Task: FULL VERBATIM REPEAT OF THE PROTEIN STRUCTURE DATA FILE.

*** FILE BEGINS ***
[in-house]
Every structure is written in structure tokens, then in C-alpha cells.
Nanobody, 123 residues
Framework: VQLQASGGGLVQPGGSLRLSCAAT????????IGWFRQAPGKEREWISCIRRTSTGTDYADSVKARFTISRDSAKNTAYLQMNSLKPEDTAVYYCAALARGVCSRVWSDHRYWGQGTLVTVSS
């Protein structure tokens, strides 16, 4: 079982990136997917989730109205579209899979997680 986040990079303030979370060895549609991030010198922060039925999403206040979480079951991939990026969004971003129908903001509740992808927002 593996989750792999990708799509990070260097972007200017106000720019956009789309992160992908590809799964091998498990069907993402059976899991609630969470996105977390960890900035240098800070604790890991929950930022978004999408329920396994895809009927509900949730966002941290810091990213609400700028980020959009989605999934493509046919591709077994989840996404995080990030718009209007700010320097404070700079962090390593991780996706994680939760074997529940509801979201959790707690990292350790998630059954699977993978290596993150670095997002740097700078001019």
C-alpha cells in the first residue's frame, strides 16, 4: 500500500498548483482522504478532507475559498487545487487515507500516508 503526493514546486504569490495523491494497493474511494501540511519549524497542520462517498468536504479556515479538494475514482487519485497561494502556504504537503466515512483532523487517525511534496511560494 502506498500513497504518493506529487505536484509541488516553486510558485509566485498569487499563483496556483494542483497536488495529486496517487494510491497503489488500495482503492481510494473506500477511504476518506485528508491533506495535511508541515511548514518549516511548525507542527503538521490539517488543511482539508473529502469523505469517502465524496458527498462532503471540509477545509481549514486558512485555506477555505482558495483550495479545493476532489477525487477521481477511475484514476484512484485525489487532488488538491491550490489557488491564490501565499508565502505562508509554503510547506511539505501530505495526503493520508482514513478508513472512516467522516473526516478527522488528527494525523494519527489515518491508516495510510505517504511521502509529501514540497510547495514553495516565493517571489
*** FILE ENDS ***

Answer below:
[in-house]
Every structure is written in structure tokens, then in C-alpha cells.
Nanobody, 123 residues
Framework: VQLQASGGGLVQPGGSLRLSCAAT????????IGWFRQAPGKEREWISCIRRTSTGTDYADSVKARFTISRDSAKNTAYLQMNSLKPEDTAVYYCAALARGVCSRVWSDHRYWGQGTLVTVSS
């Protein structure tokens, strides 16, 4: 079982990136997917989730109205579209899979997680 986040990079303030979370060895549609991030010198922060039925999403206040979480079951991939990026969004971003129908903001509740992808927002 593996989750792999990708799509990070260097972007200017106000720019956009789309992160992908590809799964091998498990069907993402059976899991609630969470996105977390960890900035240098800070604790890991929950930022978004999408329920396994895809009927509900949730966002941290810091990213609400700028980020959009989605999934493509046919591709077994989840996404995080990030718009209007700010320097404070700079962090390593991780996706994680939760074997529940509801979201959790707690990292350790998630059954699977993978290596993150670095997002740097700078001019």
C-alpha cells in the first residue's frame, strides 16, 4: 500500500498548483482522504478532507475559498487545487487515507500516508 503526493514546486504569490495523491494497493474511494501540511519549524497542520462517498468536504479556515479538494475514482487519485497561494502556504504537503466515512483532523487517525511534496511560494 502506498500513497504518493506529487505536484509541488516553486510558485509566485498569487499563483496556483494542483497536488495529486496517487494510491497503489488500495482503492481510494473506500477511504476518506485528508491533506495535511508541515511548514518549516511548525507542527503538521490539517488543511482539508473529502469523505469517502465524496458527498462532503471540509477545509481549514486558512485555506477555505482558495483550495479545493476532489477525487477521481477511475484514476484512484485525489487532488488538491491550490489557488491564490501565499508565502505562508509554503510547506511539505501530505495526503493520508482514513478508513472512516467522516473526516478527522488528527494525523494519527489515518491508516495510510505517504511521502509529501514540497510547495514553495516565493517571489